- Oops!Something went wrong.Please try again later.
What financial metrics can indicate to us that a company is maturing or even in decline? More often than not, we'll see a declining return on capital employed (ROCE) and a declining amount of capital employed. This indicates the company is producing less profit from its investments and its total assets are decreasing. And from a first read, things don't look too good at Daktronics (NASDAQ:DAKT), so let's see why.
Return On Capital Employed (ROCE): What is it?
For those who don't know, ROCE is a measure of a company's yearly pre-tax profit (its return), relative to the capital employed in the business. To calculate this metric for Daktronics, this is the formula:
Return on Capital Employed = Earnings Before Interest and Tax (EBIT) ÷ (Total Assets - Current Liabilities)
0.026 = US$6.4m ÷ (US$374m - US$130m) (Based on the trailing twelve months to October 2020).
So, Daktronics has an ROCE of 2.6%. In absolute terms, that's a low return and it also under-performs the Electronic industry average of 11%.
In the above chart we have measured Daktronics' prior ROCE against its prior performance, but the future is arguably more important. If you're interested, you can view the analysts predictions in our free report on analyst forecasts for the company.
So How Is Daktronics' ROCE Trending?
We are a bit worried about the trend of returns on capital at Daktronics. Unfortunately the returns on capital have diminished from the 7.4% that they were earning five years ago. Meanwhile, capital employed in the business has stayed roughly the flat over the period. Since returns are falling and the business has the same amount of assets employed, this can suggest it's a mature business that hasn't had much growth in the last five years. So because these trends aren't typically conducive to creating a multi-bagger, we wouldn't hold our breath on Daktronics becoming one if things continue as they have.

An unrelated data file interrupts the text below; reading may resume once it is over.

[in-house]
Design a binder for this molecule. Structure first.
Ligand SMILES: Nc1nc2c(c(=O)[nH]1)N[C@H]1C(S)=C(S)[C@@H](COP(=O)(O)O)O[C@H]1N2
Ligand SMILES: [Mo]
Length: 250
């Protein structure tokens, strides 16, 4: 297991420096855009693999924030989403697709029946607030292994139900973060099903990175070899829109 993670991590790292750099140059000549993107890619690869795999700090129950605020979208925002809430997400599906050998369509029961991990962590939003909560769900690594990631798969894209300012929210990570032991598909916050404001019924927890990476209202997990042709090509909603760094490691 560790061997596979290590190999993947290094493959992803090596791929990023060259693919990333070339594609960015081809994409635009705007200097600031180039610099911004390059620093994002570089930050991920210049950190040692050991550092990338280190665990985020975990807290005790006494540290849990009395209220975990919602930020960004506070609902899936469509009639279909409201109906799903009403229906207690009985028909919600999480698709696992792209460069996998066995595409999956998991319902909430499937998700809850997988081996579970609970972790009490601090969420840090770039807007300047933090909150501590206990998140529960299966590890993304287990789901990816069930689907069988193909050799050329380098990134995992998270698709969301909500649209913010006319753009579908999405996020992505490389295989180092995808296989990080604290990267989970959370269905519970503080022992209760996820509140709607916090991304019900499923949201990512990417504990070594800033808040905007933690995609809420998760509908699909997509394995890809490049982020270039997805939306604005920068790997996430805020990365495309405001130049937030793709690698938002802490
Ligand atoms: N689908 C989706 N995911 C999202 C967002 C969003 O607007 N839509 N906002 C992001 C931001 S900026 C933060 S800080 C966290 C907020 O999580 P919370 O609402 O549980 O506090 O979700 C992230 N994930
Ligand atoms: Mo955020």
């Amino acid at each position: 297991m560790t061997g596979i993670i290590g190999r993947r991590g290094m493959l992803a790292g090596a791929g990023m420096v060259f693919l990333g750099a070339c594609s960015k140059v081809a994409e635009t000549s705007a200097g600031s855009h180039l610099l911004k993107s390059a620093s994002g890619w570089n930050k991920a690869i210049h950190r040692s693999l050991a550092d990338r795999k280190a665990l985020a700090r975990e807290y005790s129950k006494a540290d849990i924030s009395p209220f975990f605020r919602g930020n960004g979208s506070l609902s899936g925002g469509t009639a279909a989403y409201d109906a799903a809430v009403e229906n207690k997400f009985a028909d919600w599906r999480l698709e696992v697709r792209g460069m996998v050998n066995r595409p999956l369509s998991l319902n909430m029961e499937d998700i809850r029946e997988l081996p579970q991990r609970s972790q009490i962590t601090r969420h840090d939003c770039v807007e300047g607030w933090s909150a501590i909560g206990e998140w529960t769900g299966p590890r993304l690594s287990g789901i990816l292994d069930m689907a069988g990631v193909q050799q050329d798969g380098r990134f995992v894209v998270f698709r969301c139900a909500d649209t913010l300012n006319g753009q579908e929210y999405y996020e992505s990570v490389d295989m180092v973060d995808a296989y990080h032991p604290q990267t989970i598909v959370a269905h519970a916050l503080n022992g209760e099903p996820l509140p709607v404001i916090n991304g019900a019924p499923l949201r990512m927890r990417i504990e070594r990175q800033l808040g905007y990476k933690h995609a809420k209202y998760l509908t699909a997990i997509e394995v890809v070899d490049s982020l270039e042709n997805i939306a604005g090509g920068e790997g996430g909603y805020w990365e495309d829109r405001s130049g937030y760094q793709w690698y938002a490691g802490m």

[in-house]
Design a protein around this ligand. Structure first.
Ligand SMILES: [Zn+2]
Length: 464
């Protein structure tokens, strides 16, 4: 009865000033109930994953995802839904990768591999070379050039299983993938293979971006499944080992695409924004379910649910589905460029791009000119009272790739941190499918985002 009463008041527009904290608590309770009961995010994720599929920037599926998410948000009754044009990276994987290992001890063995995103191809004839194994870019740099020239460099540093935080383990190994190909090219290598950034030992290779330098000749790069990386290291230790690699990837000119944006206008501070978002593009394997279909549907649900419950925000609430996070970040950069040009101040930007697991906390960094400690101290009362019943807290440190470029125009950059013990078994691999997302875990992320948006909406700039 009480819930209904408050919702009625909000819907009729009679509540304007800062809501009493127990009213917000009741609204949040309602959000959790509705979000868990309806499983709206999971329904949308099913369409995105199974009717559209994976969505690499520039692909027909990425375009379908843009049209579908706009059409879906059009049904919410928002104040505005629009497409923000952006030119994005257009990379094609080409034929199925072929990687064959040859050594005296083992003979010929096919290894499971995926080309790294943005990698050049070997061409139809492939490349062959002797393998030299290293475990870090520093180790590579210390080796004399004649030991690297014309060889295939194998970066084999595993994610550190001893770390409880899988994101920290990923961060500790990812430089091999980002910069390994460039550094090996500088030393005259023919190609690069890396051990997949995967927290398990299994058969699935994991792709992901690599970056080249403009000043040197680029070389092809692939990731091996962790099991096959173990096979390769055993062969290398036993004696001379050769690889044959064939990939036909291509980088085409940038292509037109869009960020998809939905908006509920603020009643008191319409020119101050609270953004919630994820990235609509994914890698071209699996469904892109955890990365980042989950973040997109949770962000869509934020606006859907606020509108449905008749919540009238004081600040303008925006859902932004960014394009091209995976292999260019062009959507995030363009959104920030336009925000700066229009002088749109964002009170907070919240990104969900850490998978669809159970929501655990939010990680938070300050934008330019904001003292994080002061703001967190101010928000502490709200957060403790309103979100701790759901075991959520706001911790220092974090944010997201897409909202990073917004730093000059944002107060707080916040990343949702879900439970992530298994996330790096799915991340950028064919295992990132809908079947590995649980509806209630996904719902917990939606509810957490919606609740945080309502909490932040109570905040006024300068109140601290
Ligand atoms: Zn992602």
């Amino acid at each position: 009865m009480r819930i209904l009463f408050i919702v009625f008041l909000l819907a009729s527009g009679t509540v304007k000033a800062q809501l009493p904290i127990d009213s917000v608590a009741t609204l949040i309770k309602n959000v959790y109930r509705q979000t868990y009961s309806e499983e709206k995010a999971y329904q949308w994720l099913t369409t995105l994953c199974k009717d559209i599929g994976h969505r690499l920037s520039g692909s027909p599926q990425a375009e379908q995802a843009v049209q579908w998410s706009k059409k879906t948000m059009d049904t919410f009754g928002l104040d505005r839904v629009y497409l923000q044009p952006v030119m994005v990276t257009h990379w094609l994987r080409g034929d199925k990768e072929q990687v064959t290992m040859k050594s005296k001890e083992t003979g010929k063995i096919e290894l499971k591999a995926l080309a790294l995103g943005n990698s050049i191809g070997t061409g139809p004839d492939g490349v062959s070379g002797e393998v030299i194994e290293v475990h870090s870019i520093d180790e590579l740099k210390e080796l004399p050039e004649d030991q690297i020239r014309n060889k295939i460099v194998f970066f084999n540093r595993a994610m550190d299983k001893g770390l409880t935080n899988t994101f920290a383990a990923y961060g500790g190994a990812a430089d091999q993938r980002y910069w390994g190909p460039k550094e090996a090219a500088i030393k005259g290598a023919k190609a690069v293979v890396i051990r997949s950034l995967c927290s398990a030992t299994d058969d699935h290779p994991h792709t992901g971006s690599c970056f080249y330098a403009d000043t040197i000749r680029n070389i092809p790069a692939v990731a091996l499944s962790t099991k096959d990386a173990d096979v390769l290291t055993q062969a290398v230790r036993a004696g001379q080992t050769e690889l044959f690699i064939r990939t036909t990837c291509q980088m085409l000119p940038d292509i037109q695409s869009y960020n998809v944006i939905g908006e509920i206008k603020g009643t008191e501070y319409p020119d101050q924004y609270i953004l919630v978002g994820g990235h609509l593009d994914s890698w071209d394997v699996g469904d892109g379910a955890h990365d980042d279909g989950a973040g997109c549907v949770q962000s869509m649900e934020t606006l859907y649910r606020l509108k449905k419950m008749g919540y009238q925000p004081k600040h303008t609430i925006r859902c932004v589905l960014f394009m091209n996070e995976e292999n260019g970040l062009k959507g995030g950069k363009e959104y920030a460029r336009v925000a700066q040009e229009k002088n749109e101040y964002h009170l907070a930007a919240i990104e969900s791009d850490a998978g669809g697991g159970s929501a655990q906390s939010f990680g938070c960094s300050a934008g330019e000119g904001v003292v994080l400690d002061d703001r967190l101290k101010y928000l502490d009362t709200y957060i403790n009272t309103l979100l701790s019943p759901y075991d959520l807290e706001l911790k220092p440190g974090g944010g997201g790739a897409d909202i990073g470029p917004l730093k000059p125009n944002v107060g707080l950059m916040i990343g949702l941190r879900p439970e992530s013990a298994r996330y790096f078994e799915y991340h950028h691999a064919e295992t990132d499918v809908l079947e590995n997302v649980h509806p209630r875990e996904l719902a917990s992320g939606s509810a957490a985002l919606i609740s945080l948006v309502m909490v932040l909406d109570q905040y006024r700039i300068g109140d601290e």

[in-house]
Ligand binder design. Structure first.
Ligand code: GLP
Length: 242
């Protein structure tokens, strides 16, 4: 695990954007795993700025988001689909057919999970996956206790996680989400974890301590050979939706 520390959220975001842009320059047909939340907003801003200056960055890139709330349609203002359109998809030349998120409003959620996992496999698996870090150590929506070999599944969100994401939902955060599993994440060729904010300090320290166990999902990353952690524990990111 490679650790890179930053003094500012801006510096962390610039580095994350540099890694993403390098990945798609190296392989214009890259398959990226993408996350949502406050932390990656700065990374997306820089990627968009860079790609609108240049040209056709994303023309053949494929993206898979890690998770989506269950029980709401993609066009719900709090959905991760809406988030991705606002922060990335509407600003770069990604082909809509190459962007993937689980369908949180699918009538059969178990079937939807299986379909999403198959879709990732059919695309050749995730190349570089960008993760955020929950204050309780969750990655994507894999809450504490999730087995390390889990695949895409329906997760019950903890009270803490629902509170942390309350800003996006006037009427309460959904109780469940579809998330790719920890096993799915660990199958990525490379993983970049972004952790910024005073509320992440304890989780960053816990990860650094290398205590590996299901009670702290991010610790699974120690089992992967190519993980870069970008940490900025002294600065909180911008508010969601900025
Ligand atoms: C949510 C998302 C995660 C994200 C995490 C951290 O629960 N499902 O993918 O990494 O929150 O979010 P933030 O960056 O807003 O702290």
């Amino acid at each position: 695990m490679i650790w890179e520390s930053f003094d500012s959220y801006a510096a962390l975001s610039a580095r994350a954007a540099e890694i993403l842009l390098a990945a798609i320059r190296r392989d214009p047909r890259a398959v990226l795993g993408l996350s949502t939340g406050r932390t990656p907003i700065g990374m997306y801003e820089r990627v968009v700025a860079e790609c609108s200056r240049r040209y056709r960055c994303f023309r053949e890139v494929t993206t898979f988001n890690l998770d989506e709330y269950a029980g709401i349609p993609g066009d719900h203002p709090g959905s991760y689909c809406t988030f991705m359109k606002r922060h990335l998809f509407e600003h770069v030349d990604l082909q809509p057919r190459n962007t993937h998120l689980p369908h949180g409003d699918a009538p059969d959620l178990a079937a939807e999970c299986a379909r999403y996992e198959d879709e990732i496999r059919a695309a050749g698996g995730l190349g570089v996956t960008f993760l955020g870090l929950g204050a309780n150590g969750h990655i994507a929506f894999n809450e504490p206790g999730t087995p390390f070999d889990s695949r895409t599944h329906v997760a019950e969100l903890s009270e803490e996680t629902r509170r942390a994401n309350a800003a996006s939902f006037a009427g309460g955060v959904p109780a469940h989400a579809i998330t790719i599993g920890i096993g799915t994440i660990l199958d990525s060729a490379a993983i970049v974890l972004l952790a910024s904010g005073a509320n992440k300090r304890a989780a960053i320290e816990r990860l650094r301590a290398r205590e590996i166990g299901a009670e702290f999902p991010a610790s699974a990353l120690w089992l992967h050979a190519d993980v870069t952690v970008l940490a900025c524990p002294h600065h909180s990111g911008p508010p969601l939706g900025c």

Our Take On Daktronics' ROCE
In the end, the trend of lower returns on the same amount of capital isn't typically an indication that we're looking at a growth stock. Long term shareholders who've owned the stock over the last five years have experienced a 39% depreciation in their investment, so it appears the market might not like these trends either. That being the case, unless the underlying trends revert to a more positive trajectory, we'd consider looking elsewhere.
Daktronics does have some risks though, and we've spotted 1 warning sign for Daktronics that you might be interested in.
While Daktronics may not currently earn the highest returns, we've compiled a list of companies that currently earn more than 25% return on equity. Check out this free list here.
This article by Simply Wall St is general in nature. It does not constitute a recommendation to buy or sell any stock, and does not take account of your objectives, or your financial situation. We aim to bring you long-term focused analysis driven by fundamental data. Note that our analysis may not factor in the latest price-sensitive company announcements or qualitative material. Simply Wall St has no position in any stocks mentioned.
Have feedback on this article? Concerned about the content? Get in touch with us directly. Alternatively, email email@example.com.